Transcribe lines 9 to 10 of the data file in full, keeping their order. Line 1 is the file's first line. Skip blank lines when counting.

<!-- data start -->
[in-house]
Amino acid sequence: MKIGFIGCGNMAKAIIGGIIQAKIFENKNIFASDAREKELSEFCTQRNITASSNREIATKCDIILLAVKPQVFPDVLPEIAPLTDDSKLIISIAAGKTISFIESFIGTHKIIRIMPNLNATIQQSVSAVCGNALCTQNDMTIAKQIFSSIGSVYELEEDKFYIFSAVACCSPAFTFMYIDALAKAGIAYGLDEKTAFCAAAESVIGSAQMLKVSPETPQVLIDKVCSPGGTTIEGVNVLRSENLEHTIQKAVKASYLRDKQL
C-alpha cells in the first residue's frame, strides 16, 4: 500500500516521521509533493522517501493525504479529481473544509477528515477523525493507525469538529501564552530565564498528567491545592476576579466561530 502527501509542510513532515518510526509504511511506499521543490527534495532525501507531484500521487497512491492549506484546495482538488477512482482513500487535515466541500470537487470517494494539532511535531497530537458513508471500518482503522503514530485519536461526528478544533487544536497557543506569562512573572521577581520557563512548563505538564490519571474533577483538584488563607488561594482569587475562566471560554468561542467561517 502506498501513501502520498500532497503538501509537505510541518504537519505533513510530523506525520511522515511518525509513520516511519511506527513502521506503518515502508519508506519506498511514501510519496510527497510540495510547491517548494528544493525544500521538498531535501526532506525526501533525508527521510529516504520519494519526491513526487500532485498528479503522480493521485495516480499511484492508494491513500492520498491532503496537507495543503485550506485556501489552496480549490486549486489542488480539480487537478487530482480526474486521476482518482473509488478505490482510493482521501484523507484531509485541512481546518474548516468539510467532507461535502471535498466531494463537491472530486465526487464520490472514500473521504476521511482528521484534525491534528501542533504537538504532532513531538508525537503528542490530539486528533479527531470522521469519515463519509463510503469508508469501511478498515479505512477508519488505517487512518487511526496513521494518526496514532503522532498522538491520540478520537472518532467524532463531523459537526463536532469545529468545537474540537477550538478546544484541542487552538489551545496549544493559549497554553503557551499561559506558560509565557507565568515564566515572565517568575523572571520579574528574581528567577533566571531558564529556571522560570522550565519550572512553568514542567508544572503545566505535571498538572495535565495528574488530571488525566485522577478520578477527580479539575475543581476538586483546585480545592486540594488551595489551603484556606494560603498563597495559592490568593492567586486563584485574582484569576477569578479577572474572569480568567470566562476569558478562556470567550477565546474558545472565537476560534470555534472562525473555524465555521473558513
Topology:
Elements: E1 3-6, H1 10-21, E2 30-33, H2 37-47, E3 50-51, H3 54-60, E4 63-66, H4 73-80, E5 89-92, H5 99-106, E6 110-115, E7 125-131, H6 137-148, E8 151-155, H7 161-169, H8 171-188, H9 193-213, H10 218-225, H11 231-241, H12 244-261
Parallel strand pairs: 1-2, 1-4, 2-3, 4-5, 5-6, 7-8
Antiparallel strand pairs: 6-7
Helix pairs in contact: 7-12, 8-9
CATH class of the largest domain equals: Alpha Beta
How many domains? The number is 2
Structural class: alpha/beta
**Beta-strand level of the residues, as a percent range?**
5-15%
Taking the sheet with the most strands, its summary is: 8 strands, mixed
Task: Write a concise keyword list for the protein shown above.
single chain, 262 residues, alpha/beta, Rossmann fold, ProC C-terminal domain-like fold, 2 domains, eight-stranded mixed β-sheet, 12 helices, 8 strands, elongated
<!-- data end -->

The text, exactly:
CATH class of the largest domain equals: Alpha Beta
How many domains? The number is 2